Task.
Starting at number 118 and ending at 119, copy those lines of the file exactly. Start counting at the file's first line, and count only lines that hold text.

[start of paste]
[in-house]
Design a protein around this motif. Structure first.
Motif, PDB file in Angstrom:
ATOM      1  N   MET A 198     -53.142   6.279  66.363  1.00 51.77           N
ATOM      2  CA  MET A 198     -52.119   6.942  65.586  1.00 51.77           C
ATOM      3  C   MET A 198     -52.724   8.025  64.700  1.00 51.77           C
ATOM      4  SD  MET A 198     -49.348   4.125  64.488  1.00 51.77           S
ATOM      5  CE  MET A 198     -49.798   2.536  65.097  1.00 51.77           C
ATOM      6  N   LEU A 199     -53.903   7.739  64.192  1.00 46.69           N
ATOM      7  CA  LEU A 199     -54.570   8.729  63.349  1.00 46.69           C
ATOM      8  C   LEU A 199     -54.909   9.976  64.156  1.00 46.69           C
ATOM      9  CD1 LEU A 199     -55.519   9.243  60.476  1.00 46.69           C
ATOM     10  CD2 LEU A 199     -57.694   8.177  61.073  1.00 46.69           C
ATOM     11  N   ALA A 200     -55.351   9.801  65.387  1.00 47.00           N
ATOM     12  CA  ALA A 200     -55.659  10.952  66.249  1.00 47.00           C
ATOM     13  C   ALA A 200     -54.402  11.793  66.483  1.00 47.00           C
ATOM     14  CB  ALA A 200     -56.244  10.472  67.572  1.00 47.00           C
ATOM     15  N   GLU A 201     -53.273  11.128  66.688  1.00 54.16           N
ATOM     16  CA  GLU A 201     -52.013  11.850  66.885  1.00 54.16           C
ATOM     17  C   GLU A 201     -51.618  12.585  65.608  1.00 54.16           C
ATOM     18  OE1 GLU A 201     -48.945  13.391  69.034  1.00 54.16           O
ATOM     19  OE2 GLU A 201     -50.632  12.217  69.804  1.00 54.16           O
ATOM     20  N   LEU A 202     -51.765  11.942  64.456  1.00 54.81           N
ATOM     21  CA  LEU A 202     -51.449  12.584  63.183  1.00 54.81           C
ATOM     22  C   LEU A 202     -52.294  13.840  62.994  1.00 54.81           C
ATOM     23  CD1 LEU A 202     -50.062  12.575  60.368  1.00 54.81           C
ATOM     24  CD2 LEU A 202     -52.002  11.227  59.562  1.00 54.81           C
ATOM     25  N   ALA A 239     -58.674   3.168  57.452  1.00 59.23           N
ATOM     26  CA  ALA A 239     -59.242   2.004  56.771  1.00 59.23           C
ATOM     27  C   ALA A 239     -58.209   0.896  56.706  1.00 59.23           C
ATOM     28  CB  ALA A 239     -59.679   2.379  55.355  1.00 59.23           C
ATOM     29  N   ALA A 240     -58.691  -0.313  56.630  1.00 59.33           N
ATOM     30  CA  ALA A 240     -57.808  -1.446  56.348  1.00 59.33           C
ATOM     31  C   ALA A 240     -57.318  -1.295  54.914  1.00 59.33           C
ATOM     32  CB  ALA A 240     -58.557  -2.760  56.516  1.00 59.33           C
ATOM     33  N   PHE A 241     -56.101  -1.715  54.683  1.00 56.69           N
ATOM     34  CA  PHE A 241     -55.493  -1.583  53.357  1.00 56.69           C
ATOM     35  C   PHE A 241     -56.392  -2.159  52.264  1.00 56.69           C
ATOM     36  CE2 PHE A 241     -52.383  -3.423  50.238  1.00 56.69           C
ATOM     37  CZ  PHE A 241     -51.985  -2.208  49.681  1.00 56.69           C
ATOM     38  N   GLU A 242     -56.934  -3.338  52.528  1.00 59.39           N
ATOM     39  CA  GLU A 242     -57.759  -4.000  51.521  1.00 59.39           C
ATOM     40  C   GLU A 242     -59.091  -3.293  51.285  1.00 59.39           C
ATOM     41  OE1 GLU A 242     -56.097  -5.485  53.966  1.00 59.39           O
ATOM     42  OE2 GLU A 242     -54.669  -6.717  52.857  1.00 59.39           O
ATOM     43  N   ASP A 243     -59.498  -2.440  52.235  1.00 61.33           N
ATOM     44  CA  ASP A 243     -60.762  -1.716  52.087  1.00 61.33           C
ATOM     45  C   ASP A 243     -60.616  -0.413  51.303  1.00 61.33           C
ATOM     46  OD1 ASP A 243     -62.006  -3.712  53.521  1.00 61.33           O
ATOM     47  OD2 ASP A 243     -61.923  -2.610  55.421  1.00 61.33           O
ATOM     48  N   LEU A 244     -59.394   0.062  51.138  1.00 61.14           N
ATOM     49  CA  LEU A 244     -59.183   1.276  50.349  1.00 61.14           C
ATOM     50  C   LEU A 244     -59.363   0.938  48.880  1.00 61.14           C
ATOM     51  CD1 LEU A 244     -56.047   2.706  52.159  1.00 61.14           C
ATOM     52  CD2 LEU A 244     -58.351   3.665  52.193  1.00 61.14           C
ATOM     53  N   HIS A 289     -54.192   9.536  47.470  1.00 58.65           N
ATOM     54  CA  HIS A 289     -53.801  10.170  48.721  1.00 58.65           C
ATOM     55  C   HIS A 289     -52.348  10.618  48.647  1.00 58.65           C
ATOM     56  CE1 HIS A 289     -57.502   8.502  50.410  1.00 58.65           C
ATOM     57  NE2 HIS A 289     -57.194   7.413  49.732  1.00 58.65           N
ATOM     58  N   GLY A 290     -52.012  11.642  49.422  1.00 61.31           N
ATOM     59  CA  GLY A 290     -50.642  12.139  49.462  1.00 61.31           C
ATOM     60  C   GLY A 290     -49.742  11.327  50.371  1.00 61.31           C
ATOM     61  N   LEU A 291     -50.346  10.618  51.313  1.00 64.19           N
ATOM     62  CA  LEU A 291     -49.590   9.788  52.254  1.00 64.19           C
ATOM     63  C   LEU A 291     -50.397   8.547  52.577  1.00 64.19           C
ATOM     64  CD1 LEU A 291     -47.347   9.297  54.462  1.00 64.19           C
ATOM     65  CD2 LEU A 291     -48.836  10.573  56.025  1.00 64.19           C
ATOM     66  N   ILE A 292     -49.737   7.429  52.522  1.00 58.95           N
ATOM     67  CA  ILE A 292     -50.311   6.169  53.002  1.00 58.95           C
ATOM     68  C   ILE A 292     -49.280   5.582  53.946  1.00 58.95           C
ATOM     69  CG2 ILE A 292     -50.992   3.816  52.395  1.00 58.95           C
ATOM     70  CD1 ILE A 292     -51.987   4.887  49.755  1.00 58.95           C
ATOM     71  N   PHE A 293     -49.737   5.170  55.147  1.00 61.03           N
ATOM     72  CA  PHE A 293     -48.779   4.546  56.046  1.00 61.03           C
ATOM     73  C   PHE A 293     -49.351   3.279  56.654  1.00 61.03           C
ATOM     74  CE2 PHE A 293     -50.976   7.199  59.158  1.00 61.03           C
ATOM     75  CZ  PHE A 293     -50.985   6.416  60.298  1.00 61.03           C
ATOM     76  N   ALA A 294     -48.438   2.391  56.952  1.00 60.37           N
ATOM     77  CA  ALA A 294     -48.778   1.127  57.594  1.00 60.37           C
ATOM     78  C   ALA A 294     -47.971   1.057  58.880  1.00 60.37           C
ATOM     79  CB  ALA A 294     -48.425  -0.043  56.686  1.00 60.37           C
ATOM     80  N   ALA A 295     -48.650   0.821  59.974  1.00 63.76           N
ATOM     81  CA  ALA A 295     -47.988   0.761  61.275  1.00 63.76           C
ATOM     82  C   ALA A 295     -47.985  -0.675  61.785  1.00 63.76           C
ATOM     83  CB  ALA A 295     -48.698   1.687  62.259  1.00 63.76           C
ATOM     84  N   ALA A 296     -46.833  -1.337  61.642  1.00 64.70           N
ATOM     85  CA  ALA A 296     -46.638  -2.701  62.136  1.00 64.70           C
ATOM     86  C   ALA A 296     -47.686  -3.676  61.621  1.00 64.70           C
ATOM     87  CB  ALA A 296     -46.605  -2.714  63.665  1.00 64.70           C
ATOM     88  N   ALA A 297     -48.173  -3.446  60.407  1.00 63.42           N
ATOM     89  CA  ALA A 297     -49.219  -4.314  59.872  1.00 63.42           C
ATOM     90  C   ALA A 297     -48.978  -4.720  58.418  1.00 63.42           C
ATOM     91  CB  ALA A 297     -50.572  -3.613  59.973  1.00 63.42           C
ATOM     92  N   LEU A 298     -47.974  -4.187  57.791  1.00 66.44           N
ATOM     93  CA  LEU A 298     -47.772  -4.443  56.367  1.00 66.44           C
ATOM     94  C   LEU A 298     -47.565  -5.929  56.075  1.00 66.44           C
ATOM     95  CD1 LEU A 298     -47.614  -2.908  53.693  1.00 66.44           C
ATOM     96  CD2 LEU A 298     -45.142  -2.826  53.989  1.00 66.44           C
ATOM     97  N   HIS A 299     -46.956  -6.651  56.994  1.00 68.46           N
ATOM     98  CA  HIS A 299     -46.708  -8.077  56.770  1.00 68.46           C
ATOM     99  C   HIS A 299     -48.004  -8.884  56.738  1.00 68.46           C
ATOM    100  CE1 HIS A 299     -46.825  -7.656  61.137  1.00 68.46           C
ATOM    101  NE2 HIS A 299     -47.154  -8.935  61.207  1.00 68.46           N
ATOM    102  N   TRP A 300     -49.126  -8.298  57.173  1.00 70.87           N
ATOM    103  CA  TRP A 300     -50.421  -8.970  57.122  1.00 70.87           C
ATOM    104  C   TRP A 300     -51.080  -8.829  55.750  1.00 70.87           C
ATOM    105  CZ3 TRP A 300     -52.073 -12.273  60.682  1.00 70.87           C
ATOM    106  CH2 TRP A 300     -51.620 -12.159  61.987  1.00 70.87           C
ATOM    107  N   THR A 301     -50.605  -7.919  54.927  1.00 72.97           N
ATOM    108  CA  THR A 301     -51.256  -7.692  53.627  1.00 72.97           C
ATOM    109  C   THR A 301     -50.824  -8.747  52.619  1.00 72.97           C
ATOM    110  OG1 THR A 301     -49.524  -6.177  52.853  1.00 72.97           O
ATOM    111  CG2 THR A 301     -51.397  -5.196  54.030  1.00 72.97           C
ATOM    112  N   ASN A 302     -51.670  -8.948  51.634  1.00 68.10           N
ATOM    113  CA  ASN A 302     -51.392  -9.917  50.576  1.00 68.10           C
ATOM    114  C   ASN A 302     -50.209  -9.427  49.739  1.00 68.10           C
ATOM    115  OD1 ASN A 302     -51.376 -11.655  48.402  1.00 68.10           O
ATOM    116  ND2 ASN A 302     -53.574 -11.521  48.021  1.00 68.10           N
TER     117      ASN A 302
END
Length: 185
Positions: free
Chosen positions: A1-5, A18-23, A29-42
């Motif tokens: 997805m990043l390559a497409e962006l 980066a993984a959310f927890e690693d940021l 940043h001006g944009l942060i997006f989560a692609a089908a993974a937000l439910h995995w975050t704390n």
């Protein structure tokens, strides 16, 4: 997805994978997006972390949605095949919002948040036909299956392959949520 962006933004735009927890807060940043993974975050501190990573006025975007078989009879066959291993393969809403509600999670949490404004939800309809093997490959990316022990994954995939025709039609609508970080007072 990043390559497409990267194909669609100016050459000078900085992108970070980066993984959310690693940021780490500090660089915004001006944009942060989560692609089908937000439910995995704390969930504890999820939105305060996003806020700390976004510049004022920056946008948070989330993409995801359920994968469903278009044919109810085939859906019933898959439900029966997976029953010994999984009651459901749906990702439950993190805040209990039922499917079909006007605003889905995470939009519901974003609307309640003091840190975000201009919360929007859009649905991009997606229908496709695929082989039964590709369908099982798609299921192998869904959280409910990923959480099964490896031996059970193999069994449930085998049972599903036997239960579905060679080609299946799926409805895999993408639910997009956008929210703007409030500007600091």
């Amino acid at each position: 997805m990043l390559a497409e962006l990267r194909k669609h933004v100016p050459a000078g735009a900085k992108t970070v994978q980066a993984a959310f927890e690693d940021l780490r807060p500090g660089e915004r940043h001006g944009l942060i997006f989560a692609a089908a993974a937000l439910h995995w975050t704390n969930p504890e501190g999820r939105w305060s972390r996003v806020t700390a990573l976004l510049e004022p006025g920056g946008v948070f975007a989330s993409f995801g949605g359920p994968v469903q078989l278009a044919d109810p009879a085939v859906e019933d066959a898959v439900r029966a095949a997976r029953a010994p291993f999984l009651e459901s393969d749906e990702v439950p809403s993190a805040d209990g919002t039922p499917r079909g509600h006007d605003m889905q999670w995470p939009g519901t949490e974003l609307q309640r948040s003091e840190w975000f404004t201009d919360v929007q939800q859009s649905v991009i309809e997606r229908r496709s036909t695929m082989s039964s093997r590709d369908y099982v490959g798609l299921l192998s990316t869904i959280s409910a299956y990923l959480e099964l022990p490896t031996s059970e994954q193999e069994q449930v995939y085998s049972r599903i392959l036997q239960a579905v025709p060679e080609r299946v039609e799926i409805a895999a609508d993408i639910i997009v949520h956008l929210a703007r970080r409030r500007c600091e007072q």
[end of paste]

ATOM    115  OD1 ASN A 302     -51.376 -11.655  48.402  1.00 68.10           O
ATOM    116  ND2 ASN A 302     -53.574 -11.521  48.021  1.00 68.10           N